How is the food? To my surprise I felt unsatisfied with the food here at first and got bored of it quickly. I truly was just missing Thai food and the convenience of Thailand with the endless street food carts, 7-11 snack runs, and food sellers everywhere, and food night markets. The food in Vietnam is great and tastes fresh! Now, I do not feel the same. Now, I love all of the food and have realized that there is a lot to Vietnamese cuisine. Before, I just didn't know what to try, which left me ordering the same thing most times. Most blogs will tell you to eat pho while in Vietnam and banh mi, but I recommend that you try banh canh, banh cuon, com tan, my quang, or bun rieu.
Something I enjoy a lot is going to the local markets for fresh vegetables, herbs, and fruits. While Thailand might be close, the fruit and vegetables grown here in Vietnam are different. I have gotten to try lots of new things here and learn how to prepare them. A common vegetable here is bitter melon, along with many soups made from the leaves of vegetables and gourds. I have gotten to try new fruits such as ambarella (coc), starfruits, sapota (hiang xiem), huge avocados (bo) served as desserts, and enjoy the abundance of fruits. Vietnam has a lot of fruits that I ate in Thailand too, such as rambutan, mango, lychee, jackfruit, longan, dragon fruit, mangosteen, papaya, pineapple, and durian. I enjoy that I can eat all of these healthy and fresh fruits and vegetables.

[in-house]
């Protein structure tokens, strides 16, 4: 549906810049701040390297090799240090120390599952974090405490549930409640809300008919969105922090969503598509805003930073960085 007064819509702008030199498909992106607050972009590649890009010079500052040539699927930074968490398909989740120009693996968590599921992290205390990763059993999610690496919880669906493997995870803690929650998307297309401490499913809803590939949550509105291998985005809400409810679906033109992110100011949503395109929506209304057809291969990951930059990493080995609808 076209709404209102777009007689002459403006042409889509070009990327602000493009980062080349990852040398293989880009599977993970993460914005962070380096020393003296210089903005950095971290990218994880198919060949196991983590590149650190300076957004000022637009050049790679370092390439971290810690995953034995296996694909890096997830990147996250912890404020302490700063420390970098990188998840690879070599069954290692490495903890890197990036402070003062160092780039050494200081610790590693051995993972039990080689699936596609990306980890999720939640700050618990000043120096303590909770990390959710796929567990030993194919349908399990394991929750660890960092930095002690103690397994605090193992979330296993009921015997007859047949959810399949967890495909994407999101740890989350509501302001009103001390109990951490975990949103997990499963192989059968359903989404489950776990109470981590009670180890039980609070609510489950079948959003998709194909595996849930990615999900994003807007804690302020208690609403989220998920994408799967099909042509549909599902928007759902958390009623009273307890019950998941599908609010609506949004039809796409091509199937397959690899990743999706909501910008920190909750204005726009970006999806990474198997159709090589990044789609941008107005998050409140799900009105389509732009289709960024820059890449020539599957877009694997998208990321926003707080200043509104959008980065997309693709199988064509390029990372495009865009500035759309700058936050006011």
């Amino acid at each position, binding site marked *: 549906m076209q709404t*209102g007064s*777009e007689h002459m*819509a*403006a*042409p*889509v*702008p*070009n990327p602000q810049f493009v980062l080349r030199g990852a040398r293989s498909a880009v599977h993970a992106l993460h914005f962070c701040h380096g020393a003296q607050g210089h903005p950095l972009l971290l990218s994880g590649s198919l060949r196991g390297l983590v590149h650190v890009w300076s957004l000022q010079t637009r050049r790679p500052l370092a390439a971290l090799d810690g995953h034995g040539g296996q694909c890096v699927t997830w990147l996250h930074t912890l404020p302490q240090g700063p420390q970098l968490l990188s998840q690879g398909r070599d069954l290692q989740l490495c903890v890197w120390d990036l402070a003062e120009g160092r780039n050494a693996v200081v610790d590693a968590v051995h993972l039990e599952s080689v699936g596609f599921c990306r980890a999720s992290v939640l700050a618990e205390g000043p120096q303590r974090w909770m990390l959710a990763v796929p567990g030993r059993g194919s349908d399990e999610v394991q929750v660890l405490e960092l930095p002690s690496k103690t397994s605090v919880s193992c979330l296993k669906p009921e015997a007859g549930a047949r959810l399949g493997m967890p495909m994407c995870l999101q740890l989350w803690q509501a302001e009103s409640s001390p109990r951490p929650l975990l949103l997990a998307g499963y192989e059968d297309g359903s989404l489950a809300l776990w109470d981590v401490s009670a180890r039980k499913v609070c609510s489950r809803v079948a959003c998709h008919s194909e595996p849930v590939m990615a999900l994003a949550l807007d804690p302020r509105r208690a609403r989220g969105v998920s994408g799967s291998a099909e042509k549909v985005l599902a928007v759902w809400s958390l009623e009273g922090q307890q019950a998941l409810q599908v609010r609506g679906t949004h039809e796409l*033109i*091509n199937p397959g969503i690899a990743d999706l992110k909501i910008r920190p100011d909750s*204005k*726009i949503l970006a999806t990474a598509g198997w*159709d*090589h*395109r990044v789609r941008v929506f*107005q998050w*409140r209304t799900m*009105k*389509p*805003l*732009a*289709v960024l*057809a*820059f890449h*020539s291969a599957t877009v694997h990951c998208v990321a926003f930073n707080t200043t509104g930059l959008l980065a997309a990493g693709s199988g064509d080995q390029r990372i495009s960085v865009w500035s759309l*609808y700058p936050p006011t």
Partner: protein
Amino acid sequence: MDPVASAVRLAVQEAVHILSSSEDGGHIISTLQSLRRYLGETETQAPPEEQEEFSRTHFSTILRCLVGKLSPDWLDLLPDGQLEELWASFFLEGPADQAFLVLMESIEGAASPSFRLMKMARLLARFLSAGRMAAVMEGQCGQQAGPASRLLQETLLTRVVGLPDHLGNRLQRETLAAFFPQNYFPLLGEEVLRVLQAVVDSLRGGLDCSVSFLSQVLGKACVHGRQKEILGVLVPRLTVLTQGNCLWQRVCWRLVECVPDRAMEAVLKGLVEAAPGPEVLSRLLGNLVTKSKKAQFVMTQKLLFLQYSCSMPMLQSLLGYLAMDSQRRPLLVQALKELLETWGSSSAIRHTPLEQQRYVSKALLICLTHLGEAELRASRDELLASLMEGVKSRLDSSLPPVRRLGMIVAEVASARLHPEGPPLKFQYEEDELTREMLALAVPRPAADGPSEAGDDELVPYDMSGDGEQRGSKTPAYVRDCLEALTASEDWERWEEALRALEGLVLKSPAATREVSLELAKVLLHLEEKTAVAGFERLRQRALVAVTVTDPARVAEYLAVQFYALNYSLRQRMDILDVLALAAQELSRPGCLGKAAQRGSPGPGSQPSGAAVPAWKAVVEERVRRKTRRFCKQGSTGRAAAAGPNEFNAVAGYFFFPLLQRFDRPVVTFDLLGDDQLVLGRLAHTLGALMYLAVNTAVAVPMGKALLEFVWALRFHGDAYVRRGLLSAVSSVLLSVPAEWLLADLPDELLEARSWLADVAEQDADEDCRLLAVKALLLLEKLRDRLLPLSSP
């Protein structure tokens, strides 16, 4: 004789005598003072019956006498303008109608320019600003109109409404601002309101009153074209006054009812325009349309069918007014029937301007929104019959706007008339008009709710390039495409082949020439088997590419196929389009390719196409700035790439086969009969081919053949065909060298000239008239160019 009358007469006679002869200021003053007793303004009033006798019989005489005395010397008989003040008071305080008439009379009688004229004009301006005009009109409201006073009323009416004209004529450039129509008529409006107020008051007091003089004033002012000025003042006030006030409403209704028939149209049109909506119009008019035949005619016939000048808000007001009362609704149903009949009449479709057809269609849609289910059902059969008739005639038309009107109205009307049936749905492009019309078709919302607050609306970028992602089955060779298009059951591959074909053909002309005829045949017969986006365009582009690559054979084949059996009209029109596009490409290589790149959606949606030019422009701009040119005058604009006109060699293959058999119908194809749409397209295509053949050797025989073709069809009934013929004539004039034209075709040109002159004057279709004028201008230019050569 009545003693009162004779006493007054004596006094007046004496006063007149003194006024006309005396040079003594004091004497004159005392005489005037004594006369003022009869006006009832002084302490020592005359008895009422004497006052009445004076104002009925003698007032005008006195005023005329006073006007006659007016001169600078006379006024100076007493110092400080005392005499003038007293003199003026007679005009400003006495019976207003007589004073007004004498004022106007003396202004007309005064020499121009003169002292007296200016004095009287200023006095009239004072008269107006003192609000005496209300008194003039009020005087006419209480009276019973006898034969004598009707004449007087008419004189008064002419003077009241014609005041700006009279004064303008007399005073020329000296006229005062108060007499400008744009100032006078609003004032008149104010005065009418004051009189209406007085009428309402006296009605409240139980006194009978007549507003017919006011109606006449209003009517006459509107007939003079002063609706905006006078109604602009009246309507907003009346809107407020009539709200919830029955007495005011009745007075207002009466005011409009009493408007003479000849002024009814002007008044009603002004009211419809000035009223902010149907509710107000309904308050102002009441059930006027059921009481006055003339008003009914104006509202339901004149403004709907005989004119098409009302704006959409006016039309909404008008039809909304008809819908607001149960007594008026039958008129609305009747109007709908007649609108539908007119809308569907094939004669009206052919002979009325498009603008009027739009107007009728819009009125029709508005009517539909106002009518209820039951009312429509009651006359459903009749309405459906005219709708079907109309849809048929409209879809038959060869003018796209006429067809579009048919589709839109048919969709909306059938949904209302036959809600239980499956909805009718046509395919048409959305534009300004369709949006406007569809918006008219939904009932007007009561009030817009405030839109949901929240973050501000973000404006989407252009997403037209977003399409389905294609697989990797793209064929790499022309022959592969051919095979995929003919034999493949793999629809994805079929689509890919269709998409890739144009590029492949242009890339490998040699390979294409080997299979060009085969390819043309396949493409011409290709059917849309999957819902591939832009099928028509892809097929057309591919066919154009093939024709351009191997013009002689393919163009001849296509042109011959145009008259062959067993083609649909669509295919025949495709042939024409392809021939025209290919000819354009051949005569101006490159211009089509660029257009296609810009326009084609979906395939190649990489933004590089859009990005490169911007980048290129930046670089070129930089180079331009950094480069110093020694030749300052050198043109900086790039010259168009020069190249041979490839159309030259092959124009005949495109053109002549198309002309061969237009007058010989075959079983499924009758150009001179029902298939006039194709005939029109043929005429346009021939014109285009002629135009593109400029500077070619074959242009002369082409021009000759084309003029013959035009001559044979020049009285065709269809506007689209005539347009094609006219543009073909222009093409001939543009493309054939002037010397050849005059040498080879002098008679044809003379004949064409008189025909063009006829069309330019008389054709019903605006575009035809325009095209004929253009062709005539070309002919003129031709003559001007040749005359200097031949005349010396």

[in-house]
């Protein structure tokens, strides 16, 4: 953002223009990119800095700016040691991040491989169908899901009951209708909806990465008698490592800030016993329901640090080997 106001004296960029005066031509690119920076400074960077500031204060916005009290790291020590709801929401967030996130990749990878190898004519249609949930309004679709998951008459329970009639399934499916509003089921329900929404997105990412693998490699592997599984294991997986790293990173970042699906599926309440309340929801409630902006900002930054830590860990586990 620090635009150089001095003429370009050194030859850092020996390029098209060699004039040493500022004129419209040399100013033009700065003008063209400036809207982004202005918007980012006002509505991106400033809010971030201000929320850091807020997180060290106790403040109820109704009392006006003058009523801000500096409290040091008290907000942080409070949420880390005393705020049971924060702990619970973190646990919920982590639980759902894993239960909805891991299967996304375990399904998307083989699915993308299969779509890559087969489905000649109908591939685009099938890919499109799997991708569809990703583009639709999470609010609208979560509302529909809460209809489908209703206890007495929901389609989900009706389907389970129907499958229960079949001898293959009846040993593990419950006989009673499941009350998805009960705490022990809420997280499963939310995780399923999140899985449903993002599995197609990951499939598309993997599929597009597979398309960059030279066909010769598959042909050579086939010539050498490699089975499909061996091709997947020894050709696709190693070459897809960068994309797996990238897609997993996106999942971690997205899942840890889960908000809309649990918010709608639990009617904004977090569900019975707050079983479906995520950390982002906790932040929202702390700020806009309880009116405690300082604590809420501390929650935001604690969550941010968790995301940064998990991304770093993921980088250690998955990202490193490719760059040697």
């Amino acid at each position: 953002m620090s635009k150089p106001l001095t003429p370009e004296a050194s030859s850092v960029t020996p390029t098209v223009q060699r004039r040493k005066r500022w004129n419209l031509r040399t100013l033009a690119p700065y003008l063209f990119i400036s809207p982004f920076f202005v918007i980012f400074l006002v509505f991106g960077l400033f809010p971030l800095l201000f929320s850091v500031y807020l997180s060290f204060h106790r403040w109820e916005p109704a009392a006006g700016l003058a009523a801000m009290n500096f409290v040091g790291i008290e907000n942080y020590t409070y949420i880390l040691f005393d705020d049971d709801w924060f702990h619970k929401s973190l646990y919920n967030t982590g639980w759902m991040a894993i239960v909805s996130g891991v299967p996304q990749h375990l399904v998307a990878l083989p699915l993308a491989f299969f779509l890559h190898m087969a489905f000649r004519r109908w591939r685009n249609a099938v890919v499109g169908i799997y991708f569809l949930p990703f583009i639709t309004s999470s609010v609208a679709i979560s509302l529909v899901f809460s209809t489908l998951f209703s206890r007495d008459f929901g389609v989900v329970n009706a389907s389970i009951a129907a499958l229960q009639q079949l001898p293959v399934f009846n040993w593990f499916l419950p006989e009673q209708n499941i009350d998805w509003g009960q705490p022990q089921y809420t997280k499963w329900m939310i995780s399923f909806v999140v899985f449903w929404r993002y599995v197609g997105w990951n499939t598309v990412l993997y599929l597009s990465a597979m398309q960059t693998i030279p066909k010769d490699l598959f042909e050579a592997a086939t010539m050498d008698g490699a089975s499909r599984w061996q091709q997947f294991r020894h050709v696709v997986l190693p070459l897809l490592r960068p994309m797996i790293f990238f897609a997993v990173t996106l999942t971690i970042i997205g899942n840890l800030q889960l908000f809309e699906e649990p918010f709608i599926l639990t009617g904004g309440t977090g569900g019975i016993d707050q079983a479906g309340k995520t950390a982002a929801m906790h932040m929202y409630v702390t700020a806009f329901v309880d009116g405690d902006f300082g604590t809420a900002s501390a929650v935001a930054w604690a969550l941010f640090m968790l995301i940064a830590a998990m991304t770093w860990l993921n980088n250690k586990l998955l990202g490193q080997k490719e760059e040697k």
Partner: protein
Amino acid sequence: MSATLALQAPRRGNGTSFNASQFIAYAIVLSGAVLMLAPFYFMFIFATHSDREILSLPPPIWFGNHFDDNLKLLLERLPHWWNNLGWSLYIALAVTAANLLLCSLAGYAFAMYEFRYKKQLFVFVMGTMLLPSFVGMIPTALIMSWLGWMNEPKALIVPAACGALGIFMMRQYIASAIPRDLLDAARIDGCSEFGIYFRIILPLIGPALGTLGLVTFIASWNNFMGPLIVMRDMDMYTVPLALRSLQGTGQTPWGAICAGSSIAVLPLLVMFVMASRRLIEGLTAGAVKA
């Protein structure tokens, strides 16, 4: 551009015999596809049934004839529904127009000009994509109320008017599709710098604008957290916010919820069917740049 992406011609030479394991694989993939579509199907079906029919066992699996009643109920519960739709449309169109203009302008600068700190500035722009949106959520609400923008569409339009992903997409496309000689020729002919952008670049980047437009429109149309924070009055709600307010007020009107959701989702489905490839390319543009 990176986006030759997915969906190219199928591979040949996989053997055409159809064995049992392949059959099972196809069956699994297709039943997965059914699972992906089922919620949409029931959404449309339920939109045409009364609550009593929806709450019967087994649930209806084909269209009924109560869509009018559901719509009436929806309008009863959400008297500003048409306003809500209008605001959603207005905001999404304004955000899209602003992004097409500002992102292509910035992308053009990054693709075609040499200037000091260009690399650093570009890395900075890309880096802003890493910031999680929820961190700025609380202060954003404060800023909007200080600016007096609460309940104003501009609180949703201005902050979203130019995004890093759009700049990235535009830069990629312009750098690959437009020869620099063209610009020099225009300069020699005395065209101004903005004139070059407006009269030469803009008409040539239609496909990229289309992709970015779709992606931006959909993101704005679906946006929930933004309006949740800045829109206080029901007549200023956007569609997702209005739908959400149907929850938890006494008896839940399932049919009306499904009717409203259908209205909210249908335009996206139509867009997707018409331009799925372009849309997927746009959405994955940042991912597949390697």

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Adjusting to Vietnam has been just what I needed. Ending a chapter of living in Thailand has been heartbreaking, but moving to Vietnam has been worth it. It is pushing me out of my comfort zone and bringing a great sense of comfort and community in return. Cheers to new beginnings and going after it!